Your Soul Patch Ain’t Got Soul

billy ray cyrus

Seriously… why is that little dab of hair called a soul patch anyway?  I’ve just finished trying to research this and I can’t find any satifactory etymology of the phrase anywhere.  Here’s what I have been able to gather:

  • “Soul Patch” was first included  in the Miriam Webster dictionary in 1991
  • According to a source on the Wikipedia entry, jazz trumpeters of the 1950s and 1960s grew them for increased mouthpiece comfort.
  • Also according to Wikipedia, Prince Philip, Duke of Edinburgh, called the first soul patch he saw a “poor, frustrated beard.”

So my theory on the history of the soul patch goes like this.  It was the height of the 1950s jazz movement.  African-American jazz musicians were getting freaky and white counterculture ate it up.  They felt so cool and progressive hanging out at the club and grooving on the new sounds that were being made up on the spot.  In the midst of that jazz-induced euphoria, these kids noticed their idols wearing this little patch of hair under their bottom lip, not knowing what reason it served.  In an effort to be as cool as the cats on the stage, the guys that were caught up in the scene grew out a little patch to match… and the soul patch was introduced to the non-musicians of America.

That still doesn’t explain why it’s called a “soul” patch.  Soul music isn’t really an offspring of jazz.  Instead, it grew from African-American gospel crossed with rhythm-and-blues (R&B).  And while R&B and jazz can both claim the blues as a parent, it’s hard to detect any resemblance between the siblings.  An audible connection is even less present between soul music and its uncle jazz.  So, there’s just no soul in a soul patch.  I’m going to start calling it a “jazz patch.”  You should too.

Real soul music was made by guys with real beards.  Evidence:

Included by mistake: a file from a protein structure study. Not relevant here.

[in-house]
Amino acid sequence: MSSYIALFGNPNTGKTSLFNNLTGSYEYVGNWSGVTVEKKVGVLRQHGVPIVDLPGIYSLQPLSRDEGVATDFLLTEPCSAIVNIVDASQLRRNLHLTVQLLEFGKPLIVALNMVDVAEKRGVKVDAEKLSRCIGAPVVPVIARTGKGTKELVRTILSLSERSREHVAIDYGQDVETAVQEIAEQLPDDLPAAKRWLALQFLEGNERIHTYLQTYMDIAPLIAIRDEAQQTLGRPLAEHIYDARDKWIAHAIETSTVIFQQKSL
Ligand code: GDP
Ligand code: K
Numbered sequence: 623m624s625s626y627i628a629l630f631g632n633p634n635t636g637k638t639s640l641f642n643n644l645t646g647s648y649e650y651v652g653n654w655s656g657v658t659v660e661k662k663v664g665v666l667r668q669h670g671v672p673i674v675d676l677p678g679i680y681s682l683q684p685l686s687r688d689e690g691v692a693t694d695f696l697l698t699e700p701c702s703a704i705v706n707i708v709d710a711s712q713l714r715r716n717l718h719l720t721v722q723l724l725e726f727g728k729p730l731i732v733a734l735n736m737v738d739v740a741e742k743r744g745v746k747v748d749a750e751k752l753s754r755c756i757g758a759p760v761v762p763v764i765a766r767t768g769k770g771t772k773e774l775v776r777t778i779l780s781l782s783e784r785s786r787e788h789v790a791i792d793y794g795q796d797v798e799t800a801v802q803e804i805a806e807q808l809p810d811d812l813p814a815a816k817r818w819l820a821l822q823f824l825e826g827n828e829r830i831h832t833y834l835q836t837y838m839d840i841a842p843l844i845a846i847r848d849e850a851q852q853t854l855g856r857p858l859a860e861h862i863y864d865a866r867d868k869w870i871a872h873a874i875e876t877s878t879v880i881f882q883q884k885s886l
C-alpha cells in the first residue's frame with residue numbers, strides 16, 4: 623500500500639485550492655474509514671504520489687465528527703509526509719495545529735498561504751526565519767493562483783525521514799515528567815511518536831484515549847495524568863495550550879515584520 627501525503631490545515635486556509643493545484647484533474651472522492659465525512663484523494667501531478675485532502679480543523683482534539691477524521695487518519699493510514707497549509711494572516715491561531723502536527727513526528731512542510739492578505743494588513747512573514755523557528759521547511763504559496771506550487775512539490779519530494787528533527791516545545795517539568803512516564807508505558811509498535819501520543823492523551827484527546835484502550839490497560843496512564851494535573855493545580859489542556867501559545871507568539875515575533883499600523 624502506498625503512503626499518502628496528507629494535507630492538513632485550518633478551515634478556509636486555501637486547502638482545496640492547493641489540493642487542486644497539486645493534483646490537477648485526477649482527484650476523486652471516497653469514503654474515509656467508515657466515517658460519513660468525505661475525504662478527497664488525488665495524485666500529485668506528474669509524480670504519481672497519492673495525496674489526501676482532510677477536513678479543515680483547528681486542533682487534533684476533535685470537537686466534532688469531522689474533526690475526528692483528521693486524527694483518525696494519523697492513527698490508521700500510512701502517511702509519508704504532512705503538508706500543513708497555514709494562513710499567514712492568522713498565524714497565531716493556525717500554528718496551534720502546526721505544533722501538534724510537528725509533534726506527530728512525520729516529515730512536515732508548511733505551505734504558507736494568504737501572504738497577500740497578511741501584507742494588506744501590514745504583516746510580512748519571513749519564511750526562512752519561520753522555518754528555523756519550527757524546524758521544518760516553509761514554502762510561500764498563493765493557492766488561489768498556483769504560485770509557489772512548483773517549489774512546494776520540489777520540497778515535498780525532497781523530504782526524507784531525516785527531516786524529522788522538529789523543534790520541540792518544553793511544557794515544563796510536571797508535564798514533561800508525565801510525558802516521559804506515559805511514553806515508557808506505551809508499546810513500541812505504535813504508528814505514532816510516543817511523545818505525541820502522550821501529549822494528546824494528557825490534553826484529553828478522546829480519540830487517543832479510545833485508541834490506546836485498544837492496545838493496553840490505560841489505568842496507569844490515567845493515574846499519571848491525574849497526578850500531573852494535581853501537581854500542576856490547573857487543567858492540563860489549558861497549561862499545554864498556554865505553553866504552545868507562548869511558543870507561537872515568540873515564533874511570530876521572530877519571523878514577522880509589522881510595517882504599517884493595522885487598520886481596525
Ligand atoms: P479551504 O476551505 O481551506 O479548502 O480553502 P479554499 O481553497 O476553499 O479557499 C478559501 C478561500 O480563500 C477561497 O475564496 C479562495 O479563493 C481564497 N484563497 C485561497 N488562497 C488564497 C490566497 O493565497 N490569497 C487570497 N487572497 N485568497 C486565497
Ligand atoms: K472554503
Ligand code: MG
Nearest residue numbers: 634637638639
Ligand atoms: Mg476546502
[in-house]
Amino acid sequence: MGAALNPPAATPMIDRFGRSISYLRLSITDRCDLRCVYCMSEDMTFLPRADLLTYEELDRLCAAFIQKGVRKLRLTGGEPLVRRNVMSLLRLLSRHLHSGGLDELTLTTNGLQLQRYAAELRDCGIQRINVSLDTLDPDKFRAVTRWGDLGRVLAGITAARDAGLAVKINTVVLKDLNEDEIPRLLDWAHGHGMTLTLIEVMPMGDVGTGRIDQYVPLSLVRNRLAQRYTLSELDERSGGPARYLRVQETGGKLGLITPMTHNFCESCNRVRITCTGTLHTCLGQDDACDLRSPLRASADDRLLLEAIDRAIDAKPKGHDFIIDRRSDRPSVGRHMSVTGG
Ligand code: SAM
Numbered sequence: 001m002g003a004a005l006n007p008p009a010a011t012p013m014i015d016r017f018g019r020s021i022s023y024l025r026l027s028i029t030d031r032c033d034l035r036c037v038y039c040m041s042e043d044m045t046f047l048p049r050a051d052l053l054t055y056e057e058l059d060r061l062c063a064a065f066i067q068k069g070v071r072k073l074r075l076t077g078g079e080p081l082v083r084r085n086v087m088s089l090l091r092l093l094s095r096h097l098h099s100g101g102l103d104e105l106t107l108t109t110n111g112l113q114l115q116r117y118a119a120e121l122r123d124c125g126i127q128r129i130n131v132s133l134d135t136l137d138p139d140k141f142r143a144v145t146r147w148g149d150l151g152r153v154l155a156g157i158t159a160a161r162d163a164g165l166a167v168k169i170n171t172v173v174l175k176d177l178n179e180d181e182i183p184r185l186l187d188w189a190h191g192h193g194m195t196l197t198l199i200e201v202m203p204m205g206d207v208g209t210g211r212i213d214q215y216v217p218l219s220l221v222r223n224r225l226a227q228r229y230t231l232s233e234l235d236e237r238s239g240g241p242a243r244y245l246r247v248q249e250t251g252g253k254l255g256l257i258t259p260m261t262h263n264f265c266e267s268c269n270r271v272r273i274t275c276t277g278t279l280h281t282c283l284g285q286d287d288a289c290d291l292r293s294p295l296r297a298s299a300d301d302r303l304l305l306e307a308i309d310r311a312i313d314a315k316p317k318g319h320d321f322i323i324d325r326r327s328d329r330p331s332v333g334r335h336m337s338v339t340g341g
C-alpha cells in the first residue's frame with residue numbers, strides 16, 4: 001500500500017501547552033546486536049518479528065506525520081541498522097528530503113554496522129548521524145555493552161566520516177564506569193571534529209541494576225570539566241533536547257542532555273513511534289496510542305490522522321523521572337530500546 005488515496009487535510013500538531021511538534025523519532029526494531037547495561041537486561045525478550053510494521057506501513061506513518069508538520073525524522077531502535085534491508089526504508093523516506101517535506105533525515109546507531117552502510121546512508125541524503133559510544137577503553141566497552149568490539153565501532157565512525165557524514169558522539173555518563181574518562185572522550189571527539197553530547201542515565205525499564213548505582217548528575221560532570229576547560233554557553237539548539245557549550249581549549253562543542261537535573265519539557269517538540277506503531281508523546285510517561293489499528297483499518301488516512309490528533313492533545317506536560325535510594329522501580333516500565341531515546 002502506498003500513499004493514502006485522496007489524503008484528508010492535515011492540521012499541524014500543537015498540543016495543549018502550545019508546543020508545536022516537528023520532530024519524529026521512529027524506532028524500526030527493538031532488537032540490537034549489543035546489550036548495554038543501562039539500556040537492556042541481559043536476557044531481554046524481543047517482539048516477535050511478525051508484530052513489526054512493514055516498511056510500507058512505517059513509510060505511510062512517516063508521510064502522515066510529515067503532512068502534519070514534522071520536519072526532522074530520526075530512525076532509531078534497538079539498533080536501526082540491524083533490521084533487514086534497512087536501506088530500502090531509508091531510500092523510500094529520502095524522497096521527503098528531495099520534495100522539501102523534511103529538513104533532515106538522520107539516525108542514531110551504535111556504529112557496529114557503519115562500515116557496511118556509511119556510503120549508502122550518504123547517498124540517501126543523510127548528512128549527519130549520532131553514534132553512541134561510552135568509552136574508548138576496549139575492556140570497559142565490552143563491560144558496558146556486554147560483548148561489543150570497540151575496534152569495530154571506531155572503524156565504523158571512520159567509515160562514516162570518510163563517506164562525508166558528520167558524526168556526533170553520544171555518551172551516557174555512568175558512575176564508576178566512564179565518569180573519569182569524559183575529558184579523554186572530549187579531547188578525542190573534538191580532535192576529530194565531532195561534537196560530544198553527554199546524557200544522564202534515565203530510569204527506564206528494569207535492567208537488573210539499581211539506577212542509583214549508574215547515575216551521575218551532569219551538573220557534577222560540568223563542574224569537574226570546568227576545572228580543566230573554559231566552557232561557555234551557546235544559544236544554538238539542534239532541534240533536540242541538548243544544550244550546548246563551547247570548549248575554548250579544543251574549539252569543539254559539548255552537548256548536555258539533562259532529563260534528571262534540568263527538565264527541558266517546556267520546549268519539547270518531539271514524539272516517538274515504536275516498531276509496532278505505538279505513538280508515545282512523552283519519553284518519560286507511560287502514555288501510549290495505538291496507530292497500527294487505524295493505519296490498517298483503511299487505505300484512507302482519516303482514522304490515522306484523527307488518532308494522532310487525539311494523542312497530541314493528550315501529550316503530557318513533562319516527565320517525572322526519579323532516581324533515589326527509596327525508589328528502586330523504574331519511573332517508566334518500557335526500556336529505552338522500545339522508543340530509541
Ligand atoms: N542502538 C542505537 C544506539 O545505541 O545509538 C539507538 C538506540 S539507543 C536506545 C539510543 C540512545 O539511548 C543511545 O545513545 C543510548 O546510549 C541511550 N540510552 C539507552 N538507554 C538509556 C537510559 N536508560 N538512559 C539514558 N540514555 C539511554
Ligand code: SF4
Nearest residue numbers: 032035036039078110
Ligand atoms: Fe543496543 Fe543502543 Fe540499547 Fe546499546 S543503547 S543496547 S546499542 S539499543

Marvin Gaye?

Marvin Gaye beard

Barry White?

barry white beard

Isaac Hayes?

isaac hayes beard

There you have it.  There is simply no denying the soulfulness of the full beard.  You may think that little spot of hair under your lip gives you soul, but I’m pretty sure that the ladies aren’t feeling it.  You want to see a woman feel the effects of a full soul beard?  Play “Let’s Get It On” at your next house party.  I guarantee that at least one of the girls in attendance will swoon and start turning her mind toward certain things…

You want to look like you’re a lovin’ man?  Fill in the rest of your beard around that “poor, frustrated” jazz patch.


7 comments

  1. My dad, who passed away when I was 13, always wore a sole patch.So when I see a guy with a Stetson hat, Stacy Adam shoes,n a sole patch, I am immediately taken to a happy place as I am reminded of my dad who was definitely a MAN’s man.

  2. I have a full beard and when my barber trims it. I notice each time that the mustache extends longer into the beard and the area where the soulpatch is is left longer, so there is a tuft of longer hair. Is this the proper way to trim a full beard? Not complaining, I like it.

  3. is it acceptable to grow full beard without “soul patch”. I hate that bit of hair just below lower lip. i shave too about one inch down from lip. is this odd or not?

    1. In my opinion, I’d have to say that the under-lip area is pretty key to having a traditional beard. However, it’s your face, so feel free to innovate! Just be sure to give your new beard style an awesome name, like “The Zombie.” (You see, your beard is lacking a “soul” patch… hence the name.)

      1. For some reason, the gods decided to grant me a beard, with as you describe it, ‘no soul’. I have an almost perfectly hairless square below my bottom lip, that is as wide as my mouth and extends to about midway on my chin.

        It is most unusual. And now, thanks to a collaborative effort between the mysterious ‘will’ and the great Coach Adam, back in the space-year 2010, my beard finally has a name; The Zombeard…

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